- Count each exhalation. On the first out breath, say to yourself "one," on the second out breath, say to yourself "two," and so on up to the tenth exhalation. When you reach the tenth out breath, return to "one" and begin again. When your mind wanders, label it "thinking" and return your attention to your breath and the counting practice. Begin again with "one." Continue for 5 minutes.
A wandering mind is the most common concern people have when beginning to meditate.
This is normal and not a sign that you are doing something wrong. When you become distracted from the present moment, notice that your mind has wandered like a cloud drifting by in the sky. Avoid judging your experience as right or wrong. Note "thinking" and return your attention to the present moment and your breathing.
Although these instructions may sound simple, the mind quickly wanders off and becomes lost in thought. Pain is also distracting. Just as the body can be trained to perform with greater strength and endurance through regular exercise, the mind can be trained to function with greater stability and clarity through this mindfulness practice. Begin practicing this formal mindfulness exercise for 5 to 10 minutes each day.
Informal Mindful Awareness Exercise
An informal practice involves bringing present-moment awareness into daily activities. For example, when walking, notice your present-moment experience. Notice your breath, the sensations of your feet when they touch the ground and the feeling of your legs moving through space. Or, when you wash your hands, again, notice your breath, the warm water on your fingers and palms, and the sensations in your shoulders. Any daily activity can become an informal meditation practice.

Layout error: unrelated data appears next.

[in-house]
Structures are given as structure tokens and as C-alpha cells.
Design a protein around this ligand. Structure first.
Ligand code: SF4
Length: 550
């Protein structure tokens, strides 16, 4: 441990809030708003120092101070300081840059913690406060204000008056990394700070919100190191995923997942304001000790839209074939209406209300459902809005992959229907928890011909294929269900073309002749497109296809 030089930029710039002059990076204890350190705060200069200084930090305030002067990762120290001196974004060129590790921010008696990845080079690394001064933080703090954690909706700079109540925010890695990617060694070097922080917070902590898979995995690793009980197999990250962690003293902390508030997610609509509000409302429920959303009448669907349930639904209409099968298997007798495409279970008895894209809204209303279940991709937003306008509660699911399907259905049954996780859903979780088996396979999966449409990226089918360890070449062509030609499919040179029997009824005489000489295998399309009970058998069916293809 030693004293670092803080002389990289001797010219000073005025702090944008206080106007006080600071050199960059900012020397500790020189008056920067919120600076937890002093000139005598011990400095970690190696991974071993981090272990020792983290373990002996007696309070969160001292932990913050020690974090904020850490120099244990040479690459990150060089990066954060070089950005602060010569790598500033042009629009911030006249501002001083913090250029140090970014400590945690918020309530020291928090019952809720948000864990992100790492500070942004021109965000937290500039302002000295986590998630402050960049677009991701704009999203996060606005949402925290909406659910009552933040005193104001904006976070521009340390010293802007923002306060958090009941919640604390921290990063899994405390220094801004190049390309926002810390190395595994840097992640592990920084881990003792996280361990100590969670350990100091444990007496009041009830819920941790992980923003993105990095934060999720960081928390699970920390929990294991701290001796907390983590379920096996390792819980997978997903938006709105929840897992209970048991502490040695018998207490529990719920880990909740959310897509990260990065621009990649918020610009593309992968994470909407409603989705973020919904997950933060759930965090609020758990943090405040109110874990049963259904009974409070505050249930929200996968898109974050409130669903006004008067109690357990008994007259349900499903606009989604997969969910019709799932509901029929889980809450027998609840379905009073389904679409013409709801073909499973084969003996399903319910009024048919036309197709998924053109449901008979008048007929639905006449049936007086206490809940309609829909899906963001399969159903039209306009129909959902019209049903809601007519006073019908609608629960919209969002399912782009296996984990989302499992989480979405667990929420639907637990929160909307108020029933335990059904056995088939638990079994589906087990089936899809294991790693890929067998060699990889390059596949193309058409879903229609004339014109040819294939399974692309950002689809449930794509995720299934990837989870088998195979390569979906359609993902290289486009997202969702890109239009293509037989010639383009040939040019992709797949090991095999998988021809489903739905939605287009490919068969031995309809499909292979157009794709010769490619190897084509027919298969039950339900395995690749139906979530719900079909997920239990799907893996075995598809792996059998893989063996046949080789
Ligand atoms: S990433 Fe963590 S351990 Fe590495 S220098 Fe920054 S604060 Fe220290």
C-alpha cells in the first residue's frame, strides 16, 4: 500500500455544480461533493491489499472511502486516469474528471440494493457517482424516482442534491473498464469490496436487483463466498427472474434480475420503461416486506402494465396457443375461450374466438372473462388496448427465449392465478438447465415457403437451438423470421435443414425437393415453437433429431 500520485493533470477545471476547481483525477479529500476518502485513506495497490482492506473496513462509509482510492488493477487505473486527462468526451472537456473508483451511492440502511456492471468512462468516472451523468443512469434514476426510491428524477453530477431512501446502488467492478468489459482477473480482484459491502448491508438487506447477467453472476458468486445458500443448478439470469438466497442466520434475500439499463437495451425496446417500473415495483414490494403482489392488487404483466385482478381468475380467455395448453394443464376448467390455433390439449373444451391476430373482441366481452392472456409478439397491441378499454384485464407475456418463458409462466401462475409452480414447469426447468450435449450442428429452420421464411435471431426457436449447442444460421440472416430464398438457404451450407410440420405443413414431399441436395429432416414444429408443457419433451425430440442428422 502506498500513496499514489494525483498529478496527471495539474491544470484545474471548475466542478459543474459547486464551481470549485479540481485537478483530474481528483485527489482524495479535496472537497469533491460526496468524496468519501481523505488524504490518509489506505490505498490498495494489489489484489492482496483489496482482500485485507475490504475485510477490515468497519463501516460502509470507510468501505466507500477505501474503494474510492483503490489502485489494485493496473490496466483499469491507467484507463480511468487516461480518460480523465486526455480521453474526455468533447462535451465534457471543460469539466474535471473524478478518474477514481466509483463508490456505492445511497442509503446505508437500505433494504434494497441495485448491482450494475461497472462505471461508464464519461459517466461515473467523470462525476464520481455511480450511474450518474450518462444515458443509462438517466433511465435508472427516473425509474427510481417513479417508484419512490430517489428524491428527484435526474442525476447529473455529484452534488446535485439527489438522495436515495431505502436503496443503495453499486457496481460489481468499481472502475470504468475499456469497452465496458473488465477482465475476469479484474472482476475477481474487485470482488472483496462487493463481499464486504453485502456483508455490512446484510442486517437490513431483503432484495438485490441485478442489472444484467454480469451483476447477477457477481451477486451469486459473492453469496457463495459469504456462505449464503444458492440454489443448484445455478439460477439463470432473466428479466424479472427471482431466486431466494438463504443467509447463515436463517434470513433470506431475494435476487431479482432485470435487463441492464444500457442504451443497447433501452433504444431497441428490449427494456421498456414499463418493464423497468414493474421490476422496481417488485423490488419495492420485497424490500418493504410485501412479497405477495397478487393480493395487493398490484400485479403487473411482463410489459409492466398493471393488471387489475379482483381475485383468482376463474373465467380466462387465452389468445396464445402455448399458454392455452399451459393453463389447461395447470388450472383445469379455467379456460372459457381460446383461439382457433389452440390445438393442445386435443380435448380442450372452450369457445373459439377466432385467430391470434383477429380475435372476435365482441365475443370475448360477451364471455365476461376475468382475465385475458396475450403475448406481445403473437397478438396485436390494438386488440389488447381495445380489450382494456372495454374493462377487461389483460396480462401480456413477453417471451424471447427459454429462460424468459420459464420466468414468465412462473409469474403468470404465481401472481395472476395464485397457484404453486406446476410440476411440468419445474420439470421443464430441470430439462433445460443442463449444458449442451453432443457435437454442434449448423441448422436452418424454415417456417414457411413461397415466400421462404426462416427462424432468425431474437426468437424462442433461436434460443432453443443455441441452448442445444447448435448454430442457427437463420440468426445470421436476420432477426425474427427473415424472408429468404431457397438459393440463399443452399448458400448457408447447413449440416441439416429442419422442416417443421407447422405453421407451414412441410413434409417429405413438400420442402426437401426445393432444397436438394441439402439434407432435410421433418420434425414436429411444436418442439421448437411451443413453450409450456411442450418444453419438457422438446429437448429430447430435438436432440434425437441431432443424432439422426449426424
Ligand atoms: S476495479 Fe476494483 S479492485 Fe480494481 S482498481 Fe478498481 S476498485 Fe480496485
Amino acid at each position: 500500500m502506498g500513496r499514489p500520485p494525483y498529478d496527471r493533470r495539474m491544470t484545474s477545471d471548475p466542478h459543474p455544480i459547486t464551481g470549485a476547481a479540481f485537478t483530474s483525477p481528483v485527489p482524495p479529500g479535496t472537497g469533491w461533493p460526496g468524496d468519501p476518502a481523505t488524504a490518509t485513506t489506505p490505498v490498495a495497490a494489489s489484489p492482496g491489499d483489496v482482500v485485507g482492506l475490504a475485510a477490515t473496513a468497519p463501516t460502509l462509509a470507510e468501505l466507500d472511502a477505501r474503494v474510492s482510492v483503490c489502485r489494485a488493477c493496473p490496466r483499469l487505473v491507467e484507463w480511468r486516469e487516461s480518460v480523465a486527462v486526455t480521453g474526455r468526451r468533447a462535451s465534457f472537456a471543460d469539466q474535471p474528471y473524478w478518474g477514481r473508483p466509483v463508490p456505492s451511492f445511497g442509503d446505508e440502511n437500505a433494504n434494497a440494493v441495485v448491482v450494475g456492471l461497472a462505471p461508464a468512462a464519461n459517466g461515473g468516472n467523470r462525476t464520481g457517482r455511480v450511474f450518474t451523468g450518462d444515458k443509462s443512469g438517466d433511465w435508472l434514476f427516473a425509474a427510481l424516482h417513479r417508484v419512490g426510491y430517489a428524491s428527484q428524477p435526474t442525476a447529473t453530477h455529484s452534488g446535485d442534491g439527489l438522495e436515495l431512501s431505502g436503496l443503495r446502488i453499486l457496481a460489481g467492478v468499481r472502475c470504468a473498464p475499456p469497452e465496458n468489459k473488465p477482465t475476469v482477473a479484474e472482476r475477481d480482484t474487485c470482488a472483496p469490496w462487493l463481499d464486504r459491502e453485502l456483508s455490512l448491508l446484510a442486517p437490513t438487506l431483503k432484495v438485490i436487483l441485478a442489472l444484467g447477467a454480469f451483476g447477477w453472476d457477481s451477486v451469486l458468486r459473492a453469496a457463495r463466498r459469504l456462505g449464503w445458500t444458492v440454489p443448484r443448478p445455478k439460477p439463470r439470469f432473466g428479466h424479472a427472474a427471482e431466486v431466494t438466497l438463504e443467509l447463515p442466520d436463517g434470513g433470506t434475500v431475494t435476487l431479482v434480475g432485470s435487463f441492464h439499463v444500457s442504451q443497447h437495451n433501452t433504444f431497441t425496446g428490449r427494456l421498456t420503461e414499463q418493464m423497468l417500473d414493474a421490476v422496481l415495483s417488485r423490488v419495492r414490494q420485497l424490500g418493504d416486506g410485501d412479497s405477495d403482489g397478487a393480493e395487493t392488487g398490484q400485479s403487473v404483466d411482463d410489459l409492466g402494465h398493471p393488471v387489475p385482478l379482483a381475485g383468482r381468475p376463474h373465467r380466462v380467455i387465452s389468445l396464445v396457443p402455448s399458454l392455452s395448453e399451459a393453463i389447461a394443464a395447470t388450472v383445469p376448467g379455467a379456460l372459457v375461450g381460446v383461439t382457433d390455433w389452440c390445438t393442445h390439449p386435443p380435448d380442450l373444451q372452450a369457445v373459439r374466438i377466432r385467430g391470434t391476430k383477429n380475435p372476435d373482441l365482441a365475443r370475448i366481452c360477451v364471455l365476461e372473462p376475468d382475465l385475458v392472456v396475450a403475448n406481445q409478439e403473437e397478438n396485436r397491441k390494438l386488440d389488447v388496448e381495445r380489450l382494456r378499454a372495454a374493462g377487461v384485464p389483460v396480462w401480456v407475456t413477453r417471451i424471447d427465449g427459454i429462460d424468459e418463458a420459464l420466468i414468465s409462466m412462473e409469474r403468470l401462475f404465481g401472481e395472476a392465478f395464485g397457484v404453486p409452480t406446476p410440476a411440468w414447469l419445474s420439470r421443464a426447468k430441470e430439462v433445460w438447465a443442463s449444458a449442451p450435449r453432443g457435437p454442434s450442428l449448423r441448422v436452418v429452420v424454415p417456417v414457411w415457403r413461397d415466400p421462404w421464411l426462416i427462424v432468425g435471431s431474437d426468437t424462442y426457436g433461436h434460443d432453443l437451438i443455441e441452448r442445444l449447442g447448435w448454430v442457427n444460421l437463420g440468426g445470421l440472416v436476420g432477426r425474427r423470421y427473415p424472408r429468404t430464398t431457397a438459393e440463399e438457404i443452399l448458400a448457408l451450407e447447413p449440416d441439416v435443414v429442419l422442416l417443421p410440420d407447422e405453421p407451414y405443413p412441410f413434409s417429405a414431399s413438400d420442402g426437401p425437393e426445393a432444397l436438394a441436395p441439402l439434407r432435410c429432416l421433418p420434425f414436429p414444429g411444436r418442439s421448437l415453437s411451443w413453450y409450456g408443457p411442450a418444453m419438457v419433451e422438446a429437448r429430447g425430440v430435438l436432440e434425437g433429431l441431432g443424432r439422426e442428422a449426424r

Mindfulness and Pain Management
- You are not your pain.
- Pain is a physical sensation, not your identity.
- You are a whole human being who is dealing with a medical condition.
- By learning to be mindful, you can observe pain with a stable, compassionate and curious mind. You can identify pain sensations and your physical, mental and emotional reactions to pain sensations. This alone is helpful.
- You can experiment with new responses that reduce your distress and often decrease your pain intensity.
- By training your mind to be in the present moment, you also worry less about the future and put your energy into skillful choices and living well today.
- The Mindfulness Solution to Pain: Step-by-Step Techniques for Chronic Pain Management by Jackie Gardner-Nix
- Full-Catastrophe Living: Using the Wisdom of Your Body and Mind to Face Stress, Pain and Illness by Jon Kabat-Zinn
- What Meditation Really Is with Jon Kabat-Zinn, http://goo.gl/dXjpK
- Guided Mindfulness practices with Jon Kabat-Zinn, http://goo.gl/6aQPV
- Cognitive Neuroscience of Mindfulness Meditation with Philippe Goldin, Ph.D., http://goo.gl/Idnw
- Guided Mindfulness Meditation Body Scan, http://goo.gl/rpk9R
- University of Wisconsin, Department of Family Medicine: Guided Meditation Instruction by multiple teachers,
- Mindfulness meditation CDs can be found at www.carolynmcmanus.com